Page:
Singularity - the rest
A few things I remember from the rest of the conference:
Pete Estep began his talk by replying to a quote by a Singularity skeptic:
"There's too much fixation on death avoidance. That's a shame, because in the future, as computers become stupendously powerful and as electronics and other technologies begin to enhance and fuse with biology, life really is going to get more interesting."
He wondered why someone would not be excited about avoiding death, and surmised that evolution has had to deal with hominids being aware of death for millions of years and thus we come up with "baseless fantasies" and rationalizations for it.
Pete Diamandis spoke about his work as the founder and chairman of the X-Prize Foundation. They've set up numerous prizes in the areas of space flight, education/global development, fuel economy, and other areas.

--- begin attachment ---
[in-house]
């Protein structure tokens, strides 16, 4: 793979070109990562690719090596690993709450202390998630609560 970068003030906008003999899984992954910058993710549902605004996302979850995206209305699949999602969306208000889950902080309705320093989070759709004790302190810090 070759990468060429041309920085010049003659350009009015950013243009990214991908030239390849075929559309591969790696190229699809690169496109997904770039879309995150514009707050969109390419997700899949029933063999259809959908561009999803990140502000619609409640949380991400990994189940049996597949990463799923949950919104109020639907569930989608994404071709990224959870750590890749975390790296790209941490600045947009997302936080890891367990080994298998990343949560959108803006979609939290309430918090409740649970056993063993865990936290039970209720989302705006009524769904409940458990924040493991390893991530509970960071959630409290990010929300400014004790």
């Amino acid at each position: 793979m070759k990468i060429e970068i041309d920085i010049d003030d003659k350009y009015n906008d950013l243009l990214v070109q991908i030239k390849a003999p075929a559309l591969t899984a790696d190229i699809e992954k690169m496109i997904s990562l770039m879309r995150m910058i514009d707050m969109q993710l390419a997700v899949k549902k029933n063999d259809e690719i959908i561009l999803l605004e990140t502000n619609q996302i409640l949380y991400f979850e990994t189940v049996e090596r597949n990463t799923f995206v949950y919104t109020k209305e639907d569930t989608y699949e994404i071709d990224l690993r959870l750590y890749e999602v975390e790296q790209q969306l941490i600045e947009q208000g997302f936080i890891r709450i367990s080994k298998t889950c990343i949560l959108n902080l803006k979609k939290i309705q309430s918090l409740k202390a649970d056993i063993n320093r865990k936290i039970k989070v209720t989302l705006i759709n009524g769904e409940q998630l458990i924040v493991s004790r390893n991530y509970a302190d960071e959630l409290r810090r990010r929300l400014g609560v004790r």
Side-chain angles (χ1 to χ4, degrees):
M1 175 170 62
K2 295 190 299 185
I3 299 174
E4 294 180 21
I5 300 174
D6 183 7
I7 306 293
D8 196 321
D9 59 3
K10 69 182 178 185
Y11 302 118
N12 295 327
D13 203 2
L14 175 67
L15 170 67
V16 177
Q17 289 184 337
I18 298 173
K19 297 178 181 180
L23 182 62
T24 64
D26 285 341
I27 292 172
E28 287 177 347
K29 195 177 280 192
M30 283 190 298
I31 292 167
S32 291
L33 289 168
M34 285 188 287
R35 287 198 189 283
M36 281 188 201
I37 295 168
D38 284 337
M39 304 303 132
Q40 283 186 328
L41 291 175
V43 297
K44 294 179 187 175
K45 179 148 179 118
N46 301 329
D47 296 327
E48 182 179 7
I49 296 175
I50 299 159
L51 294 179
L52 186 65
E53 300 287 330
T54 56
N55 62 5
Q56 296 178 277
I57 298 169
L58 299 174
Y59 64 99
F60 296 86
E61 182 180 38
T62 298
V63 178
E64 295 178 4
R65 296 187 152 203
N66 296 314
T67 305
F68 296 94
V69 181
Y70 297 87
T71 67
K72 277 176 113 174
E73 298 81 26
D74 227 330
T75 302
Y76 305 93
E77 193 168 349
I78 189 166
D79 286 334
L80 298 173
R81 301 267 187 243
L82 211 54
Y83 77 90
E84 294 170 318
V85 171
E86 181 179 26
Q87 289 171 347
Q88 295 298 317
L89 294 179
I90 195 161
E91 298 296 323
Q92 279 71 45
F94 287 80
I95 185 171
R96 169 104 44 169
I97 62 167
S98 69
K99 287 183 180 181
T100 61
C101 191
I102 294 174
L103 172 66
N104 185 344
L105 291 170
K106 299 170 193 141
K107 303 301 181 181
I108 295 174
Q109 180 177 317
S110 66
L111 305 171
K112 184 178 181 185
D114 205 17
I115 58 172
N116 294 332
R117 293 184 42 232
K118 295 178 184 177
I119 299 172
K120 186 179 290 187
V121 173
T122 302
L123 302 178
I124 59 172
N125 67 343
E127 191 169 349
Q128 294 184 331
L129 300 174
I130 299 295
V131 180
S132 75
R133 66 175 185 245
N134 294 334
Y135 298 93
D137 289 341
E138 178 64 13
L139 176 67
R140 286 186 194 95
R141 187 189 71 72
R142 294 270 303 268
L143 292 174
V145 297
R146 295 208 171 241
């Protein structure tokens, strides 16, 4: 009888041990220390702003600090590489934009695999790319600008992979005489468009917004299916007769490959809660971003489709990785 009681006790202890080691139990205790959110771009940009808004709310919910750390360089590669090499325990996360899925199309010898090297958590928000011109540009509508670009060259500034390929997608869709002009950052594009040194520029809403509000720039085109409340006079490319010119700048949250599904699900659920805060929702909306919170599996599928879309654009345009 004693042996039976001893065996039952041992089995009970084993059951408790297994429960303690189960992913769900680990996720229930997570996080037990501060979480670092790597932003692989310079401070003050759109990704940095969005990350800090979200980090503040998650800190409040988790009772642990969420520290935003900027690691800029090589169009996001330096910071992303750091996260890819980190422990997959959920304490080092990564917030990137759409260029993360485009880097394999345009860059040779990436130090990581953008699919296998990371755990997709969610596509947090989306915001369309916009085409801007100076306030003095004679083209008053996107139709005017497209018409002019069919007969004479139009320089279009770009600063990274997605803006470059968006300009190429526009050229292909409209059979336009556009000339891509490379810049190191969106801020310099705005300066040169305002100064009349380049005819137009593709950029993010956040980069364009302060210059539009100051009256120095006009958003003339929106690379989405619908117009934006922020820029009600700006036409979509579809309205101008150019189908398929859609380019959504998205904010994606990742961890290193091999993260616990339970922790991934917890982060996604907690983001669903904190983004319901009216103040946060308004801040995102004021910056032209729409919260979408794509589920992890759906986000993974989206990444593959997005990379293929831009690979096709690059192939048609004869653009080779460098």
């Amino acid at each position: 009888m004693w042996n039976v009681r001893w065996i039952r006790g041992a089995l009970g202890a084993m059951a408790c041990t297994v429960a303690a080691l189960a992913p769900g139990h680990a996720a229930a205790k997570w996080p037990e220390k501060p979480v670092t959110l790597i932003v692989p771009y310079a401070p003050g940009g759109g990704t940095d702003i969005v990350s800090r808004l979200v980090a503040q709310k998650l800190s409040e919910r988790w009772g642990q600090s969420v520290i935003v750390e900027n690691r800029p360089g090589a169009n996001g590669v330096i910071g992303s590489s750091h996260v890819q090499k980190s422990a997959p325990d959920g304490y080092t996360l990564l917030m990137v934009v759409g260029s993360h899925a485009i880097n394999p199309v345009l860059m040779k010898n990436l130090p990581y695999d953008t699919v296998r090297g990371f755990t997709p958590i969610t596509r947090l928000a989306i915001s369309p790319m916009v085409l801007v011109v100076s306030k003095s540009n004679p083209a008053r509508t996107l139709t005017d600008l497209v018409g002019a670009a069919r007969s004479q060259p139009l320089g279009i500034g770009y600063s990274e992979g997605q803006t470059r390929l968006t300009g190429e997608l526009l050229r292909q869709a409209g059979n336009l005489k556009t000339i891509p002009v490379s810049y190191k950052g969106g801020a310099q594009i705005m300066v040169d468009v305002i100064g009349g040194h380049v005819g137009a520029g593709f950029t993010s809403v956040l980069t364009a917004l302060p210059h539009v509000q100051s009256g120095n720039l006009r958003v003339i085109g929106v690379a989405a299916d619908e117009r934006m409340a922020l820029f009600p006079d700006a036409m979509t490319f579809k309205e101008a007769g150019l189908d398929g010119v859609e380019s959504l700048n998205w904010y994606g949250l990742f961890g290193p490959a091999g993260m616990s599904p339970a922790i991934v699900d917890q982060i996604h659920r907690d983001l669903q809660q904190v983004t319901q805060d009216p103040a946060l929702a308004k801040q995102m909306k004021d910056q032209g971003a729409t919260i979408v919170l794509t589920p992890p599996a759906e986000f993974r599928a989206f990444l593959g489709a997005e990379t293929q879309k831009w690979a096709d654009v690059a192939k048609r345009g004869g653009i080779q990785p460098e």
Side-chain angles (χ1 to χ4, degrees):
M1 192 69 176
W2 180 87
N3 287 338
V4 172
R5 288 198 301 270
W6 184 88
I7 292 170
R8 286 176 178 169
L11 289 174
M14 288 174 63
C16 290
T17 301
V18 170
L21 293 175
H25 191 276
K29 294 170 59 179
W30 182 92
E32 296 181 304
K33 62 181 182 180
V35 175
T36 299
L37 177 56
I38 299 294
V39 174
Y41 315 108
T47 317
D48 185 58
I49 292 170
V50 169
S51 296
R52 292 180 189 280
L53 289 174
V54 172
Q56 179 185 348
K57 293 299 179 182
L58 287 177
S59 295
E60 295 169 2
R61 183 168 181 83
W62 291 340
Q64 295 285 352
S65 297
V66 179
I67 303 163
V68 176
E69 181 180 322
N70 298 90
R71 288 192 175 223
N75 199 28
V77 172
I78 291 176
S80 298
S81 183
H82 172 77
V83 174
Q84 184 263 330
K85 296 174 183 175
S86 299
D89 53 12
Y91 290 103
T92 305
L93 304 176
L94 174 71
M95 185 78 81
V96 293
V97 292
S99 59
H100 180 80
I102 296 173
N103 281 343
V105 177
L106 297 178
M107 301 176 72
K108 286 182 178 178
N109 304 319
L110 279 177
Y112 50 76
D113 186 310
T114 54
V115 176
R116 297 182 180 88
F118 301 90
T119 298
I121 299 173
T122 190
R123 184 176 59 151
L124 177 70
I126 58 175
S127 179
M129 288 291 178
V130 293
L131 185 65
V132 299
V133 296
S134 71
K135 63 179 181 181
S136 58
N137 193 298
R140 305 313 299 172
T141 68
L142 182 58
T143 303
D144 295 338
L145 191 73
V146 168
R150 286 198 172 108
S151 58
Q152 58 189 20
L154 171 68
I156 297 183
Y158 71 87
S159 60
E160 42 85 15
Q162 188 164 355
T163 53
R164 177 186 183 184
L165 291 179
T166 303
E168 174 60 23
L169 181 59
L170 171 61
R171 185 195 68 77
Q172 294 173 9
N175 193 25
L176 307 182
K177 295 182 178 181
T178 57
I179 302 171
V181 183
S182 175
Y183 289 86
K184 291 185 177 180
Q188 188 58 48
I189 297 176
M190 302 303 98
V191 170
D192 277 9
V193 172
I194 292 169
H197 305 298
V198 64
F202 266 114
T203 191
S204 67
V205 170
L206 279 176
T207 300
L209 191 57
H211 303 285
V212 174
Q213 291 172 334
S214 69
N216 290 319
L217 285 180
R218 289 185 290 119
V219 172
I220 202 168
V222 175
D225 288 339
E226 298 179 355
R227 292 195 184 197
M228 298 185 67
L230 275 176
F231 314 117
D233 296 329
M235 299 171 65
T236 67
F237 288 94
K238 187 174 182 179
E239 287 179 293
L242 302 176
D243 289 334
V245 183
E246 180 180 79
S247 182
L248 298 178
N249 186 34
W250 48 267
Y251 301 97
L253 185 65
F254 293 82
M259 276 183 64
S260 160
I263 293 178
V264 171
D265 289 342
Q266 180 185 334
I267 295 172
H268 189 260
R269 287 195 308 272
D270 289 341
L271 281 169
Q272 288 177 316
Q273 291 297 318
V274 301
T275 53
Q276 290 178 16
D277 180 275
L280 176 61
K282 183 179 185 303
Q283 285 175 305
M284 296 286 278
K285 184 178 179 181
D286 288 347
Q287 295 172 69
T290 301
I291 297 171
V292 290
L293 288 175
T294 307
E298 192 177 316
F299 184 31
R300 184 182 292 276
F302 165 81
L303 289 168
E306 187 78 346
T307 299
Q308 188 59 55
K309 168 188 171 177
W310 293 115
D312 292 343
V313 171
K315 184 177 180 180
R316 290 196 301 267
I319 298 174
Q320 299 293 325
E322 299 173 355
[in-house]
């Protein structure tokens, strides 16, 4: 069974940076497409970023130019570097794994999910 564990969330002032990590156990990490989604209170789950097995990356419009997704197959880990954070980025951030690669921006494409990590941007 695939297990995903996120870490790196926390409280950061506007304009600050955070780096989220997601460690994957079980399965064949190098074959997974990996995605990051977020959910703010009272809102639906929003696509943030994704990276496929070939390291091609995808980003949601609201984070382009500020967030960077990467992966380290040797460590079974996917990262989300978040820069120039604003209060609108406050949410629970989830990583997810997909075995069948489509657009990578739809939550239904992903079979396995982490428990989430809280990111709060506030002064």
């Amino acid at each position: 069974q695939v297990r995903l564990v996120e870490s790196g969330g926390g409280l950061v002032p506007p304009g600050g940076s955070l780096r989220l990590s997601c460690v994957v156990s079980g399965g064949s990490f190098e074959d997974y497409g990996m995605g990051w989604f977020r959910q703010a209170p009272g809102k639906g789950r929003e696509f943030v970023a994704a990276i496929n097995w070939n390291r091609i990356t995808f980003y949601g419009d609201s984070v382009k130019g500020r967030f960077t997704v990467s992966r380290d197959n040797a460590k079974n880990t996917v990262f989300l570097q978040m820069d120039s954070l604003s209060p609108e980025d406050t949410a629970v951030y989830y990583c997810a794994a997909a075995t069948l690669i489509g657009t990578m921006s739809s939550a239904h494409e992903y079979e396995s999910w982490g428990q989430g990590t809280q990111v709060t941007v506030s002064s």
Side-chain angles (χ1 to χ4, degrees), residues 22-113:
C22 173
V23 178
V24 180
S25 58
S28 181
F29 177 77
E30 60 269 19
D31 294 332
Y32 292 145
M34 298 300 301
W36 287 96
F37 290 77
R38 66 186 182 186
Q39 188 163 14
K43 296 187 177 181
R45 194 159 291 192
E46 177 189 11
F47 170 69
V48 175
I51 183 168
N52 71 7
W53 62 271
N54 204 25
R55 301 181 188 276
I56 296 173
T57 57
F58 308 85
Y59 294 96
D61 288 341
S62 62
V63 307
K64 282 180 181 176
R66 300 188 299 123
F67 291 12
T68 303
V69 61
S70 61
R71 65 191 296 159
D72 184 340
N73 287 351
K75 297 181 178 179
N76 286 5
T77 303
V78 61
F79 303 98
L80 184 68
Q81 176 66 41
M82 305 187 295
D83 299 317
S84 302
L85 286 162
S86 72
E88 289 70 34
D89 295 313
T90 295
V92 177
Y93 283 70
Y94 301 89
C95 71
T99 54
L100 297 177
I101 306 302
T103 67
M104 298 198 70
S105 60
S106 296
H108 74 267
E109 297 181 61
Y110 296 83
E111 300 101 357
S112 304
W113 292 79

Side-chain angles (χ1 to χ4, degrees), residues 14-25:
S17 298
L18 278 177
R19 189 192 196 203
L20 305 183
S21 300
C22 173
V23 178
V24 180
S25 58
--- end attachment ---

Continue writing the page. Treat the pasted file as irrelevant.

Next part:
He notes that prizes are very efficient. The X-Prize for private space travel was $10 million, but much more than that was spent by the teams that competed for the prize. He says that about 10% of charity should be prizes. I think he said that that would amount to $30 billion annually
He wants to do a prize for a manned mission to Mars. It would have to be one way only - that's the only way it makes sense, he boldly stated.
Ray Kurzweil replied to some of the other speakers. One interesting thing was a reply to Marshall Brain about the potential unemployment of robots replacing some jobs. He says that if in 1900 he'd told America (paraphrased): "30% of you work in factories and 30% of you work in agriculture, that's going to be 3%/3% in a hundred years...you'd have been alarmed about your jobs. But it turns out that you become web designers and social networking entrepreneurs and all kinds of other new jobs that didn't exist."